Other Videos

 
  Honey Locust from Blossom to Pod--unlocking the food
zuditaka
 
   
 
About

Uploaded on Dec 25, 2010

Here I am, observing the growth of honey locust beans--from blossom to pod. The flowers bloom in spring, and have rather a ginger-like spicy scent--attracting vuvuzelas of bees. With good spring and summer rain, they have, now, turned quickly into long juicy pods. Won't be long before they are ready to harvest. However, this time I won't let them go all hard and unappetising--like tough old cardboard. I shall, instead, eat the honey-sweet pulp when the pods are still greenish and juicy.

The botanical Latin for Honey Locust is Gleditsia triacanthos. They are a very useful permaculture species--to 50 metres high--from North America. Deciduous trees, and extremely drought-resistant--once established.

If the streets and highways were planted out with this species, foragers and wayfarers would be provided with the beneficial free food. No-one would ever have to go hungry--at least not at Honey Locust podding time. But, sadly, that isn't how things are done!

 
     
  Honey Locust Tree aka Thorny Locust
Wise Snake
 
   
 
About

Published on Jul 30, 2013

The Honey locust, Gleditsia triacanthos, also known as the thorny locust, is a deciduous tree native to central North America. It is mostly found in the moist soil of river valleys ranging from southeastern South Dakota to New Orleans and central Texas, and as far east as eastern Massachusetts.

Honey locusts commonly have thorns 3--10 cm long growing out of the branches, some reaching lengths over 20 cm; these may be single, or branched into several points, and commonly form dense clusters. The thorns are fairly soft and green when young, harden and turn red as they age, then fade to ash grey and turn brittle when mature. These thorns are thought to have evolved to protect the trees from browsing Pleistocene megafauna which may also have been involved in seed dispersal, but the size and spacing of them is useless in defending against smaller extant herbivores such as deer.

Despite its name, the honey locust is not a significant honey plant. The name derives from the sweet taste of the legume pulp, which was used for food by Native American people, and can also be fermented to make beer. The long pods, which eventually dry and ripen to brown or maroon, are surrounded in a tough, leathery skin that adheres very strongly to the pulp within.

The tree has been used in traditional Native American medicine. Extracts of Gleditsia possess important pharmacological activities in treating rheumatoid arthritis, as anti-mutagenic, anticancer and have significant cytotoxic activity against different cell lines.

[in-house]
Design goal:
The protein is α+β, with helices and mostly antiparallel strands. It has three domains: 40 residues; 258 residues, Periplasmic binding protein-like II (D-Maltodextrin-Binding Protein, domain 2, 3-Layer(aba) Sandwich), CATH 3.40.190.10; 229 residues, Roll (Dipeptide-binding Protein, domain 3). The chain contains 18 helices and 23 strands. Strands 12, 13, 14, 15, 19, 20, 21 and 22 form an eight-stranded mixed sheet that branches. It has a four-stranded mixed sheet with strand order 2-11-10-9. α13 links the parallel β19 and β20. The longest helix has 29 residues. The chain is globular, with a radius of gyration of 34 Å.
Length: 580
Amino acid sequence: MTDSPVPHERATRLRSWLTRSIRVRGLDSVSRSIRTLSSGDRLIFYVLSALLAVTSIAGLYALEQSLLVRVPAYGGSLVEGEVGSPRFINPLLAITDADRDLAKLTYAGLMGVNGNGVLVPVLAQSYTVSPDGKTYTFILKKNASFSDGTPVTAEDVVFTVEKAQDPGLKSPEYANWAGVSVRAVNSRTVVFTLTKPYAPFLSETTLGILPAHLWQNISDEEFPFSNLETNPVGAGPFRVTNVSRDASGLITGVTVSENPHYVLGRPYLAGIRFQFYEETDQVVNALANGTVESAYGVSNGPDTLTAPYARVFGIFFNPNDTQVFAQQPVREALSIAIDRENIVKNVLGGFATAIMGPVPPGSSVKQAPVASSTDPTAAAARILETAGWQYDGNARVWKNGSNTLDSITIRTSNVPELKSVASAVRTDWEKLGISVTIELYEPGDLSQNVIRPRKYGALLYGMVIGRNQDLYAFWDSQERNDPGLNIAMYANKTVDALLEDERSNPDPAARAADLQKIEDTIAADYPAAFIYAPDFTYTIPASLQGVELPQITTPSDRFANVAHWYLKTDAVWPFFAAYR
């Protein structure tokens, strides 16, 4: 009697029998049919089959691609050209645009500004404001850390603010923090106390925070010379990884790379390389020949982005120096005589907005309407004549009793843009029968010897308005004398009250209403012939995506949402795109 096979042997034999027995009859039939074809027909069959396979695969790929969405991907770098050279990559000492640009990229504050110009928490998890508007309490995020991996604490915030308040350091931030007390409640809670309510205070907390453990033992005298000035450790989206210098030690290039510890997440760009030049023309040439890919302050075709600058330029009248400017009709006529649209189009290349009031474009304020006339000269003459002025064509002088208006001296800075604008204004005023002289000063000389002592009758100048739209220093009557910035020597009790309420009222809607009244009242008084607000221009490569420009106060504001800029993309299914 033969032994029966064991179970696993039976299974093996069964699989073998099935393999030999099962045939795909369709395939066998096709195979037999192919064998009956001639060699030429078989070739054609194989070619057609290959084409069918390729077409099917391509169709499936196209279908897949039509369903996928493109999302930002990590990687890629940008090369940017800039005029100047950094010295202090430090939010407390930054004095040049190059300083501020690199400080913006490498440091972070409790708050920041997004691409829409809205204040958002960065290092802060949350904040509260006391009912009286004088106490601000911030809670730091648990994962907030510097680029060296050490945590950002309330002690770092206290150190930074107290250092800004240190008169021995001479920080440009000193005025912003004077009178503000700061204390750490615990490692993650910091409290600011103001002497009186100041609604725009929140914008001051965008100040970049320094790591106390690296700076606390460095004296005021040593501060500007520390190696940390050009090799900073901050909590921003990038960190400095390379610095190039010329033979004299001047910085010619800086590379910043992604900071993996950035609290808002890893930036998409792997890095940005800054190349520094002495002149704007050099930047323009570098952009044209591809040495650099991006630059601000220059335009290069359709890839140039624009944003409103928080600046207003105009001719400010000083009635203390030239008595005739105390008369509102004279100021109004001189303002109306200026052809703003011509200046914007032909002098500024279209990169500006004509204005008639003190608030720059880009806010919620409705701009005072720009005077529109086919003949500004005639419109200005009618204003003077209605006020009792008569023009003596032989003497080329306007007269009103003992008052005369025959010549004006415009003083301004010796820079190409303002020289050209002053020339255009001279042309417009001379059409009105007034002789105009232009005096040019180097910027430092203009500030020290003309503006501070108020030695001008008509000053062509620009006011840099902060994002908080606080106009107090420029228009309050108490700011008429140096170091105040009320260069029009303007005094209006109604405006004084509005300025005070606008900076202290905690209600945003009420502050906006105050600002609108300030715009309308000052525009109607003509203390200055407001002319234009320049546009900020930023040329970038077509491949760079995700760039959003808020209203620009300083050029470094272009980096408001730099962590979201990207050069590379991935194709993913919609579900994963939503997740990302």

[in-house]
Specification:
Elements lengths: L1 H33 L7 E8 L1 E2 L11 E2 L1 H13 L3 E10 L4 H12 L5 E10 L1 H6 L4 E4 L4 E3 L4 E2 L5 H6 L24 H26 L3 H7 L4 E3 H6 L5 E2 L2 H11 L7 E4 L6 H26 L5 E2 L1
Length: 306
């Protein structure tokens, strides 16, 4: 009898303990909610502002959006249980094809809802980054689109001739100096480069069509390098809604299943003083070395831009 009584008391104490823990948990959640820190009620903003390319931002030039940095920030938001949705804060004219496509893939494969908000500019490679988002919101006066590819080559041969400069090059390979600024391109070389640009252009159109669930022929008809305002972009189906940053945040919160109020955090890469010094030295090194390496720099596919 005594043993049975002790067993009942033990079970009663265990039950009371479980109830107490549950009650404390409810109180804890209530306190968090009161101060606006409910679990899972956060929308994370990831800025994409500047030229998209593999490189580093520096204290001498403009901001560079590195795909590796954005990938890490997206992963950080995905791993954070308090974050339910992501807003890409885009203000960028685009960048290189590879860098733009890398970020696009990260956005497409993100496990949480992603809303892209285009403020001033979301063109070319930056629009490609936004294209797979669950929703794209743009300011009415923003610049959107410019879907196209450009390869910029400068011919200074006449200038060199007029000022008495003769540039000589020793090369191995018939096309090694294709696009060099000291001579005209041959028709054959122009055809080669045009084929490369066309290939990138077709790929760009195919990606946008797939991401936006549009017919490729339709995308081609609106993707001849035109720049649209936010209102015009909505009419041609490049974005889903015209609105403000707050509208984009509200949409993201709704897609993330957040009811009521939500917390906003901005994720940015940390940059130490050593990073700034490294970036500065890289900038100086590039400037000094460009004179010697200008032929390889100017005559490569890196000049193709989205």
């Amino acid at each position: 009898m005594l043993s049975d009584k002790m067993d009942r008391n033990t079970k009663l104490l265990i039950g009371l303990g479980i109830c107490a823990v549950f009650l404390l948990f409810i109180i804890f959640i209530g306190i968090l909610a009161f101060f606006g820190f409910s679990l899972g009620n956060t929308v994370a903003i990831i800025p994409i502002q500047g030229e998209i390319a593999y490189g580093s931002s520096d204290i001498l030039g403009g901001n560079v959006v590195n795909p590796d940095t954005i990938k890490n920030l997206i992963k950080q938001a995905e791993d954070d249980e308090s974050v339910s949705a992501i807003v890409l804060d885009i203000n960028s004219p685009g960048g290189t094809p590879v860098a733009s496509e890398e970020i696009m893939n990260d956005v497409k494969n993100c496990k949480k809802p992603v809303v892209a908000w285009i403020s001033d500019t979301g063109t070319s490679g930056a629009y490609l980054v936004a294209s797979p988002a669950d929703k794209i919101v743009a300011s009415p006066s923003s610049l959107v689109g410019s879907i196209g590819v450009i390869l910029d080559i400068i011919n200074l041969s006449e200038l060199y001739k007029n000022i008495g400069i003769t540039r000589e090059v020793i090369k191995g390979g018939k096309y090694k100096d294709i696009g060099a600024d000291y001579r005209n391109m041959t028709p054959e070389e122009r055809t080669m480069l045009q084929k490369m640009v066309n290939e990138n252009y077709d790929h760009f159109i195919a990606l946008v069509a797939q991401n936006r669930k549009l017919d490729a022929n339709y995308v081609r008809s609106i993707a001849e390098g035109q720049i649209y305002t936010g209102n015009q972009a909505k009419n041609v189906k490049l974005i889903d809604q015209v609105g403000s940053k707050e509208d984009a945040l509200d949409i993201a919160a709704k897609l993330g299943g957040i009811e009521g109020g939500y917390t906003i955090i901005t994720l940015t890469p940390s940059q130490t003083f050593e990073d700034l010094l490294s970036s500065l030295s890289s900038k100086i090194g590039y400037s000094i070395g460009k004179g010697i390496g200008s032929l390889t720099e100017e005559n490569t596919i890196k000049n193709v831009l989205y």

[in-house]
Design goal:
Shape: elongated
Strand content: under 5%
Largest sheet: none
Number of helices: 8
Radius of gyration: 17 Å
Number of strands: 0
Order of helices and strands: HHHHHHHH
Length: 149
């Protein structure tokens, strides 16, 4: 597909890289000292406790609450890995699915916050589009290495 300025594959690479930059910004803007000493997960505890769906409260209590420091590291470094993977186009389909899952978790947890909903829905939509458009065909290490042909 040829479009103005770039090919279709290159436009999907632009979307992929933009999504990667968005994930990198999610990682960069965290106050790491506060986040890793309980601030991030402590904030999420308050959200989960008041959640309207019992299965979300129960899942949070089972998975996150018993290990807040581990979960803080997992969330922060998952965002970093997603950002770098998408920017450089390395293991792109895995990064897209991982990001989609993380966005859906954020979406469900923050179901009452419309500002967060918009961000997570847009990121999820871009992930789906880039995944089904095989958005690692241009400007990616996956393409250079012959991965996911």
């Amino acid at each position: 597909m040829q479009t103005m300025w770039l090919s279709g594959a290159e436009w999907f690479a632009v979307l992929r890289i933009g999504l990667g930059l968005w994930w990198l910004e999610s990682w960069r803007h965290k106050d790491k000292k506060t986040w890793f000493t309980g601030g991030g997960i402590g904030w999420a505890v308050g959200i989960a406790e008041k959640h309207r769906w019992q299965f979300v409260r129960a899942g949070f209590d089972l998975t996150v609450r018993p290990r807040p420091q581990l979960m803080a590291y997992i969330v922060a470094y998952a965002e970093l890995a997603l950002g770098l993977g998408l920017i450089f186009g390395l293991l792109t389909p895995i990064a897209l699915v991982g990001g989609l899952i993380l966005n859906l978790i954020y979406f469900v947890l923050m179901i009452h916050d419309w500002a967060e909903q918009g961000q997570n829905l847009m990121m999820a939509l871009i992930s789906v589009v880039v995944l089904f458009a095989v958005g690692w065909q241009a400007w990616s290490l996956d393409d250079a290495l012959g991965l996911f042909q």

Seeds of Gleditsia triacanthos contain a trypsin inhibitor.

 
     
  Honey Locust, Gleditsia tricanthos, the real thing.
Delticola
 
   
 
About

Published on Jun 9, 2012

What we have here is the real thing, a honey locust tree. Full of thorns and seed pods. The seed pods are fully edible by both human and other animals. This specimen is not in the natural range, it is growing in Decatur, Georgia outside of Atlanta.

 
     
  Comparing toxic Black Locust pod and an edible Honey Locust pod
zuditaka
 
   
 
About

Uploaded on Nov 21, 2011

Many people on YouTube, including some nursery owners (who should know better!), cannot tell the difference between a toxic Black Locust pod and an edible Honey Locust pod.

Just a quick look, in the garden, today, at the difference between Black Locust pods and Honey Locust pods. You can see that the Black Locust pods are only tiny in comparison to the giant (brown-coloured) Honey Locust pods. There is also a leaf difference, too. The Gleditsias have smaller leaves and the Robineas have larger leaves.

Disclaimer:
This video is for entertainment purposes only. Always seek the advice of botanists, medical and wild food experts before ever ingesting any wild or foraged foods.

 
     
  Trees with Don Leopold - honeylocust
ESFTV
 
   
 
About

Published on Jun 12, 2012

No description available.

 
     

 

Camcorder

         

Visitor Sightings

   
Share your sighting of this plant.

Randy
October, 2016

Location: Albert Lea, MN

Honey locust bearing fruit

honey locust


Loni Mentone
6/27/2016

Location: Saint Paul, 55116

This tree is growing in our back yard. We didn't know what it was until today.


Randy
7/19/2016

Location: near MN/IA border

Thorns on a honey locust near MN/IA border

honey locust


     
     
 

MinnesotaSeasons.com Sightings

   


 

 

Binoculars

Last Updated:

About Us | Privacy Policy | Contact Us | © 2017 MinnesotaSeasons.com. All rights reserved.